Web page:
Integrating variability into training.
There are numerous ways that a coach can incoporate variabilty into training, aside from the aforementioned shooting example. Utilising a games-based approach, coaches will force players to continuously make decisions and adapt their skills:
By mixing players across teams in training, alternating positions, or by creating mismatches, coaches can increase the variation in training experiences for players.
Within representative tasks, getting players to change their starting position (kneeling, lying down, defender in front, defender behind, recovering defender etc.), will also vary the circumstances that players execute skills in.
Contextual Interference (CI) demands increased mental effort, which results in greater long-term retention of skills. CI generally comes in 2 forms:
Repetitive practice - also known as blocked practice
Interleaved practice - also known as random practice
High CI, even though causing immediate limited performance, leads to superior performance on retention and transfer tests. But it is important to consider the two questions above, particularly question one,
If the goal of a session is motor performance - perhaps the team have a game in 2 days and the coach wants to ensure players are confident going into it - the coach may implement more blocked practice to ensure a greater success rate as opposed to random practice. Players are unlikely to learn a huge amount in one training session prior to an important game (i.e. You can't fatten a pig the night before the mart), so it important that they are confident in the skills and abilities that they already possess.
If the goal of a session is motor learning, the coach should implement practice with greater contextual interference. This may mean that motor performance in the session is compromised, but it will ensure a greater long-term return on investment of practice time.
Based on the CLA, practitioners can easily manipulate the constraints acting on an athlete to allow for new behaviours to emerge. To encourage this adaptation, coaches can incorporate differential learning into training. Changing the task or environment (even beyond what a competitive environment consists of) will influence how the individual interacts with the task (i.e. forcing them to adapt) and a new behaviour will emerge to achieve the task outcome. Two simple examples are:
Changing the surface that athletes sprint on while running.
Change the ball shape and size during a SSG.
The general goal remains the same, but as the environment in which the athletes perform the task changes, the athletes must adapt their behaviour to complete their given task - i.e. complete the sprint, complete a pass etc.
This can be particularly useful for high-level athletes and forcing them to adapt. To challenge high-level athletes, it is necessary to continue to change the constraints acting on them during a task. There are only so many changes a coach can make to a task before it loses its representativeness i.e. the task constraints of training do not simulate the task constraints of competition. Alternatively, coaches can look at changing the equipment or environment. Even a basic task, that typically might have a low challenge point for a high level athlete, can be made more difficult by changing the environment in which the task is completed. For less skilled athletes, differential learning is possibly a step too far. As the saying goes: you should exhaust all options inside the box, before looking outside.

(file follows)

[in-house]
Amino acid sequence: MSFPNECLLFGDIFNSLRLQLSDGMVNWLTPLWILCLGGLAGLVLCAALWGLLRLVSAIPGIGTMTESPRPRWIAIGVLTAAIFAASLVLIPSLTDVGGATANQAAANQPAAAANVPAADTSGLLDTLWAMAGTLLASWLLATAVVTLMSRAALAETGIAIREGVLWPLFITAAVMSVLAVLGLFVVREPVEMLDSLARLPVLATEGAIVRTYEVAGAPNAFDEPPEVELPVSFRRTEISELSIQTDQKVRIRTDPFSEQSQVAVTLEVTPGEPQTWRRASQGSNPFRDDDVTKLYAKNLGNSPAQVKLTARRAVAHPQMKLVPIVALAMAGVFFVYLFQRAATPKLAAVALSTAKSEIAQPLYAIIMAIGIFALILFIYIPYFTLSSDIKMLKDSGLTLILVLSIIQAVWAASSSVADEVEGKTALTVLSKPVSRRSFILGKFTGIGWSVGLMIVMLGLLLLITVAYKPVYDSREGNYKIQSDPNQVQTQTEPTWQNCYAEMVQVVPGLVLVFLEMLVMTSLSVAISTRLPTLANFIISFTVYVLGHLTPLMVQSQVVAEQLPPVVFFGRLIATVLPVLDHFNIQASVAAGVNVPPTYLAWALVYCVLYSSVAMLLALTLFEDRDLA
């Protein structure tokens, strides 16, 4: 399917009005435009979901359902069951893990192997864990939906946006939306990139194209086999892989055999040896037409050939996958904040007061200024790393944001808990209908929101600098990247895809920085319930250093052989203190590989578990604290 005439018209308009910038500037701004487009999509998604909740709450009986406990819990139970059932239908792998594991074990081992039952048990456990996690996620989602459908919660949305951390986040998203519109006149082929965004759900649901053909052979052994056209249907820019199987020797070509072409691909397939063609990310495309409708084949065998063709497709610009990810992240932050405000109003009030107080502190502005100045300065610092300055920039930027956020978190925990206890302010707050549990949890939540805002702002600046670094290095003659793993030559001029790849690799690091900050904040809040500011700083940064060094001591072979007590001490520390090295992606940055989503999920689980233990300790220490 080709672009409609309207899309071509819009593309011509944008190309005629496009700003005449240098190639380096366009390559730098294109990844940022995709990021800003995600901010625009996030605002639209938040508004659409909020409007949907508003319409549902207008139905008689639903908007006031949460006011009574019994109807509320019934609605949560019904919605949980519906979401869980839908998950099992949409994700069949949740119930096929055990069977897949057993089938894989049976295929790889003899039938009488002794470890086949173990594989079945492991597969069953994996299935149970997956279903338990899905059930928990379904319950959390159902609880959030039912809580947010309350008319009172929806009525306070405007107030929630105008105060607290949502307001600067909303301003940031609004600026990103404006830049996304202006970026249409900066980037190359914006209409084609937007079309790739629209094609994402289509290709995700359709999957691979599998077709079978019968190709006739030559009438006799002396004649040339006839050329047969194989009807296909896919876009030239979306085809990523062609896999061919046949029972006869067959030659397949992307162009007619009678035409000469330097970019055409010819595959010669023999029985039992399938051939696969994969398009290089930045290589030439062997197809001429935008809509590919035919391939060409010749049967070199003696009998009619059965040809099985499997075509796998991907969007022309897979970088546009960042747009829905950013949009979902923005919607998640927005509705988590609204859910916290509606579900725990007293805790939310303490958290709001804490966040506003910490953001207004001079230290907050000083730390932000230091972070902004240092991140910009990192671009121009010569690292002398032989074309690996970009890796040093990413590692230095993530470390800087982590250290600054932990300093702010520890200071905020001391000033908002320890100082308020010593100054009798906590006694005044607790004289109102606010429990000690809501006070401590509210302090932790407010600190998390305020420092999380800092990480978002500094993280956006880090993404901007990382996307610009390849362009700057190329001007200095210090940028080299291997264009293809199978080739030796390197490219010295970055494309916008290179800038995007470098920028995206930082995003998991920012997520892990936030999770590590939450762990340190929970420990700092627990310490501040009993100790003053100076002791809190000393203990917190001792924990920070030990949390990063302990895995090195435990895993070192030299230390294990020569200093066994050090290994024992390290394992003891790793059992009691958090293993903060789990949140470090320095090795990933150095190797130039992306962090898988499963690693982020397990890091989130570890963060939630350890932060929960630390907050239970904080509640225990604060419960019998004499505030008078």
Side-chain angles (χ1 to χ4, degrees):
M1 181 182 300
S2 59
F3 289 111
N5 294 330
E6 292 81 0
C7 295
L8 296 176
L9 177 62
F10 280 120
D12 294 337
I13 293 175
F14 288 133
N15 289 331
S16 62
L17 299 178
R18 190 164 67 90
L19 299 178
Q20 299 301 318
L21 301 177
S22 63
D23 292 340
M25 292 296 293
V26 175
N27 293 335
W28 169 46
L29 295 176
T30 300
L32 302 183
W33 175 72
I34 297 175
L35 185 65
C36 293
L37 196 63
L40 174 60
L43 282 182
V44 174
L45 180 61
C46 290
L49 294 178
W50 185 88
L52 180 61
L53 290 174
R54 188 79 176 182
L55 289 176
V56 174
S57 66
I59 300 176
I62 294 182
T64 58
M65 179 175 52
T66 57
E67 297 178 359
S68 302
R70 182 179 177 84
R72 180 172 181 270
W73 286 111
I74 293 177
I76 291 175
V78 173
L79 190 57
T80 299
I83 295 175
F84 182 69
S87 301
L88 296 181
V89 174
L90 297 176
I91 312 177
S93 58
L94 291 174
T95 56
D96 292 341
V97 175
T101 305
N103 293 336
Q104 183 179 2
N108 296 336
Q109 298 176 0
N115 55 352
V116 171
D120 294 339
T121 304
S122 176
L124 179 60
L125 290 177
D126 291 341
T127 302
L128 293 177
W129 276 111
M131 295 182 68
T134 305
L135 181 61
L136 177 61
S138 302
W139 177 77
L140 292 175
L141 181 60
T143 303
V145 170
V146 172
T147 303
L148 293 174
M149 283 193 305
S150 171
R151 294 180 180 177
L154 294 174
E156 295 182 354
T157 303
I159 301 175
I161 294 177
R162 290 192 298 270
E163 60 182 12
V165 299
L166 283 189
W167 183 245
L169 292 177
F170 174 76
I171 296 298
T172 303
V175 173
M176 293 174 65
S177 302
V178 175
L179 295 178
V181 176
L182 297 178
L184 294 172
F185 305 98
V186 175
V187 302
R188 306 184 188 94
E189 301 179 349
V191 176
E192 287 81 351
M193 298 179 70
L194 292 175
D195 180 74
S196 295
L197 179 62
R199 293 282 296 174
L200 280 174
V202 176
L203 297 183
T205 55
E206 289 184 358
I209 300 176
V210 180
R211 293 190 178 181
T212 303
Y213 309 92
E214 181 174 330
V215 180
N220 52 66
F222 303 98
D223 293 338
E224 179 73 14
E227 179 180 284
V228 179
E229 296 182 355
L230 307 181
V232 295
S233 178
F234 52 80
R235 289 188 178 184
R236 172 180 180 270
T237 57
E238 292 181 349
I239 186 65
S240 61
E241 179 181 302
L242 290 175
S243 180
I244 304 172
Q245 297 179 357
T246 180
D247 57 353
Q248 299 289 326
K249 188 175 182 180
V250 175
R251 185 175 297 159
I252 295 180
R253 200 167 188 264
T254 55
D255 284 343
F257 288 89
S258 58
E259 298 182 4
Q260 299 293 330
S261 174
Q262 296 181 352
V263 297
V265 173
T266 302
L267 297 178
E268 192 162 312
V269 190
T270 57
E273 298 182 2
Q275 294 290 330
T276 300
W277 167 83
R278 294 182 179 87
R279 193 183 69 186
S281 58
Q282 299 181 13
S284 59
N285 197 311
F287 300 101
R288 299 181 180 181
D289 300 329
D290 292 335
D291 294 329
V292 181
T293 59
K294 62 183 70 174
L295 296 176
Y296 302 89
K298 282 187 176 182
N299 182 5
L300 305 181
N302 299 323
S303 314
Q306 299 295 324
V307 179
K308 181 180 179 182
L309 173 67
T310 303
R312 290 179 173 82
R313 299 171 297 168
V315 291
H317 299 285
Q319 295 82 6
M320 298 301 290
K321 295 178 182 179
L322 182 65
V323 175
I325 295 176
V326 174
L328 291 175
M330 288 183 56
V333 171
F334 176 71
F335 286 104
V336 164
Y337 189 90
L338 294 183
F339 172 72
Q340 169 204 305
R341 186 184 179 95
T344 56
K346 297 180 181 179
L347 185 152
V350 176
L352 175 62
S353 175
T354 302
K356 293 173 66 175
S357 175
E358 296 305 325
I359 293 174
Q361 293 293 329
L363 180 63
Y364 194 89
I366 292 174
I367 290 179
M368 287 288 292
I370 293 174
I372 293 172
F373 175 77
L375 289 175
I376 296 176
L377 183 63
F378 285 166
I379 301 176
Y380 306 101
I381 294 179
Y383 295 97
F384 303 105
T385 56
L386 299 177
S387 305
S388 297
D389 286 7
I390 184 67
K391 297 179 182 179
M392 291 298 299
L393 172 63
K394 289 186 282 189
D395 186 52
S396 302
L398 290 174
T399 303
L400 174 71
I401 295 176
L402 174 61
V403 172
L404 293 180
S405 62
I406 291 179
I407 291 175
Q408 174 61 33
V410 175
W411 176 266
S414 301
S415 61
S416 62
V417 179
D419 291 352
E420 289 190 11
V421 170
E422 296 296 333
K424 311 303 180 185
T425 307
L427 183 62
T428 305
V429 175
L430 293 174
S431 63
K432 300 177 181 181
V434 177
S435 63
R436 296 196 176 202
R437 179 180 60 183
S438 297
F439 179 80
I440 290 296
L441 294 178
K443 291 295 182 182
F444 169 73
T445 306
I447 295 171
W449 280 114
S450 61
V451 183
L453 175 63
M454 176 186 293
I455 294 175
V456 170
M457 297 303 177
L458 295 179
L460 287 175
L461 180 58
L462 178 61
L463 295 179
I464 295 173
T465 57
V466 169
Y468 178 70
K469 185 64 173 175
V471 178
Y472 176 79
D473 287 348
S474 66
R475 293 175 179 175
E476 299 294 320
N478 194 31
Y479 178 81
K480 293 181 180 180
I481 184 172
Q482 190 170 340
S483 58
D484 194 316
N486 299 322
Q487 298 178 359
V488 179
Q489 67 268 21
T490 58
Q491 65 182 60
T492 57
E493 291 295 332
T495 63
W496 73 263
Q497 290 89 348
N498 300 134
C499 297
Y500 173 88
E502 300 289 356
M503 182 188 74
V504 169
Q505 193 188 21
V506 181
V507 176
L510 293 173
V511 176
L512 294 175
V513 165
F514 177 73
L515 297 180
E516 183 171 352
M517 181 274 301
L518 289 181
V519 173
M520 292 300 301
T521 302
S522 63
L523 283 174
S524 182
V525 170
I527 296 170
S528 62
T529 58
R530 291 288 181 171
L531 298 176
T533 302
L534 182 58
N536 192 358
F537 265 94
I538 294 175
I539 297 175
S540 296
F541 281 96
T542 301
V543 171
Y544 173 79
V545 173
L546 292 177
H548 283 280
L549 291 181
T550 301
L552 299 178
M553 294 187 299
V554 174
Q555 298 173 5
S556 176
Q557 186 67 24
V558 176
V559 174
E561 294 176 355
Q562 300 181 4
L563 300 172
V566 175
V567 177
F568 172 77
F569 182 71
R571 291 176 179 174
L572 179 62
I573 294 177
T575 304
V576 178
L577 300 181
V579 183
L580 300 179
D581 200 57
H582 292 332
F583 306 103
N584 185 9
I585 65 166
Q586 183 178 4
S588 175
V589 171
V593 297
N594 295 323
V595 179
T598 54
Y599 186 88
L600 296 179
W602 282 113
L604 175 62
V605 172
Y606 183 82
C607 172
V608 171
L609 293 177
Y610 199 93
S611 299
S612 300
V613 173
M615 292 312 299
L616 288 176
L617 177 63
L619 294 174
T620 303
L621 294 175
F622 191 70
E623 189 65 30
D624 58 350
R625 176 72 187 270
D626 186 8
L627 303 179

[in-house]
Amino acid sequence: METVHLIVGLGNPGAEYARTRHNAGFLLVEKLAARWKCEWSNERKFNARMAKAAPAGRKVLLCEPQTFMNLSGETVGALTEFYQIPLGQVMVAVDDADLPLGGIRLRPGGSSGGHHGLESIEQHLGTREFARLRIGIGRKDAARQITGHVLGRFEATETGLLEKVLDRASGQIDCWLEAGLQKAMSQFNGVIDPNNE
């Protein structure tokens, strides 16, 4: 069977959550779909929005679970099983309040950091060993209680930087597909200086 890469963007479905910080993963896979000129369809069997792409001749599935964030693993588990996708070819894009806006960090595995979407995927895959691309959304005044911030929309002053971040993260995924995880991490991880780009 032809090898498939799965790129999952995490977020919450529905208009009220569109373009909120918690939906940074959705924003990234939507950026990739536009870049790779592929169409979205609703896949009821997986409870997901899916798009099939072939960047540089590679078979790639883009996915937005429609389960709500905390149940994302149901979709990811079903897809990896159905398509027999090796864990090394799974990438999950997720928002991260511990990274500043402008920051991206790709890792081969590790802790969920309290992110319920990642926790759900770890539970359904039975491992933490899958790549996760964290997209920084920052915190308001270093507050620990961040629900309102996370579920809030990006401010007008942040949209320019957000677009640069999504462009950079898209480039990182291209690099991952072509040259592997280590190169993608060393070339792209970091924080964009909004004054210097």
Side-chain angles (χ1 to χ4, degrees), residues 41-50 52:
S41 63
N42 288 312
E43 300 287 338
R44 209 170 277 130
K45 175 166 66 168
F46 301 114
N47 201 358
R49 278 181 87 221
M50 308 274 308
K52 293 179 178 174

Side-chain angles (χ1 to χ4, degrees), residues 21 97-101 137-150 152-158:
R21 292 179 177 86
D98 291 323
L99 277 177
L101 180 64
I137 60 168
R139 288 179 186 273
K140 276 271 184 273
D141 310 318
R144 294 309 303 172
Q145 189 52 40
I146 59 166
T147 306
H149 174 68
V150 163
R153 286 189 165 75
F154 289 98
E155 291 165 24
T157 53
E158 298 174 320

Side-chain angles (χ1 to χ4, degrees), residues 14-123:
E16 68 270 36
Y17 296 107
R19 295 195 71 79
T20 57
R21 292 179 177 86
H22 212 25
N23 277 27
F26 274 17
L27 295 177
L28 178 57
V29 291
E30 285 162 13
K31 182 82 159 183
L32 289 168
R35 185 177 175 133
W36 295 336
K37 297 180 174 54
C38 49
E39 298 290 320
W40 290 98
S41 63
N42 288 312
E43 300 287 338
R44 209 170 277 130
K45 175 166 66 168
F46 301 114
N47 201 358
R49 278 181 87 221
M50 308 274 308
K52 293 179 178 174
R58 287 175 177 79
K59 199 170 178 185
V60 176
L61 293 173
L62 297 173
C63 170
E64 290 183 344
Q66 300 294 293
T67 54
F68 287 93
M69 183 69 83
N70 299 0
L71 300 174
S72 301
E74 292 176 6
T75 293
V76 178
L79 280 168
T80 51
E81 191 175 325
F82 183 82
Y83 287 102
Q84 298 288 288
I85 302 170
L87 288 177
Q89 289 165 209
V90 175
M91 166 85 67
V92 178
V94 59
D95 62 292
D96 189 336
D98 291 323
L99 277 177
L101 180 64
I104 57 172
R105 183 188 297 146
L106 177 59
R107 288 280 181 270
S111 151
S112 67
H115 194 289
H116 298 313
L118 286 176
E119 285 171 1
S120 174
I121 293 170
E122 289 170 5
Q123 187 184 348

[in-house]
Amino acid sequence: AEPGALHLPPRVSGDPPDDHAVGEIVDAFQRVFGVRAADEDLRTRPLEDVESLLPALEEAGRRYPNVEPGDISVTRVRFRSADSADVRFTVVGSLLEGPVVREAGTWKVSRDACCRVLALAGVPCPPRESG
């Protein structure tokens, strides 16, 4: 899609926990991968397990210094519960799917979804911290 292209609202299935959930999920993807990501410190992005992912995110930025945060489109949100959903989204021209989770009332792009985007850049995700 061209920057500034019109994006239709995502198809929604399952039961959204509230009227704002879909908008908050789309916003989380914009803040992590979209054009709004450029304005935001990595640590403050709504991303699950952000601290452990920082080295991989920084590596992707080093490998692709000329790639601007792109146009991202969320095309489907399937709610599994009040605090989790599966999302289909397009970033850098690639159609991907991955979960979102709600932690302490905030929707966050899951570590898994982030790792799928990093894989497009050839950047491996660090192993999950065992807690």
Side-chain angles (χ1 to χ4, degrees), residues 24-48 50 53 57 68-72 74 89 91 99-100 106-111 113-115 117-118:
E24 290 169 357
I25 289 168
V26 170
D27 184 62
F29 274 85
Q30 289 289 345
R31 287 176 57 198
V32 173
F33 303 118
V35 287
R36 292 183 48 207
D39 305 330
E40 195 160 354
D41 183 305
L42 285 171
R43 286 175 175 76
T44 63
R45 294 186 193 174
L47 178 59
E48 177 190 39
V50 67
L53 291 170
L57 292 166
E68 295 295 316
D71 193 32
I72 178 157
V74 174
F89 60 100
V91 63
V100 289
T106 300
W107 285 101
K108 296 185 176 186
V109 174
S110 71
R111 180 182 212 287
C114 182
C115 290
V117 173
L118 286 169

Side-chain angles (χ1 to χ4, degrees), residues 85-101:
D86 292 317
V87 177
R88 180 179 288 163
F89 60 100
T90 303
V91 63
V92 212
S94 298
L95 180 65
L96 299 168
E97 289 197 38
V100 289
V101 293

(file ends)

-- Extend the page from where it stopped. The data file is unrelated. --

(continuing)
Learning does not happen in a single session. Repetitive/blocked practice can lead to rapid improvements in performance, but subsequent forgetting of these improvements can also occur. Interleaved/random practice may lead to a slower rate of acquisition but learners are more likely to maintain or develop these skills long-term.
Interleaved practice is more likely to transfers to other contexts. Learners who have experienced random practice can use the skills they have acquired more flexibly.
Affording learners time to consolidate their learning can enhance their long-term retention and performance. Learning can be consolidated through sleep, or exercise, can impact how readily available a skill is in future.
Random practice contains greater attentional demands than repetitive practice. This challenge is key to sustained learning and long-term performance (see video above)
This highlights the value of a games based approach. In a game (SSG or regular - that does not promote restrictions on the skills that can be used), players will experience random practice conditions and exercise will also be incorporated into the task. These 2 things combined highlight the potential benefits of using a games-based approach for greater learning.
- Raviv L, Lupyan G, Green SC. How variability shapes learning and generalization. Trends Cogn Sci. 2022 Jun;26(6):462-483. doi: 10.1016/j.tics.2022.03.007. PMID: 35577719.
- Hodges, N.J., & Williams, A.M. (Eds.). (2019). Skill Acquisition in Sport: Research, Theory and Practice (3rd ed.). Routledge. https://doi.org/10.4324/9781351189750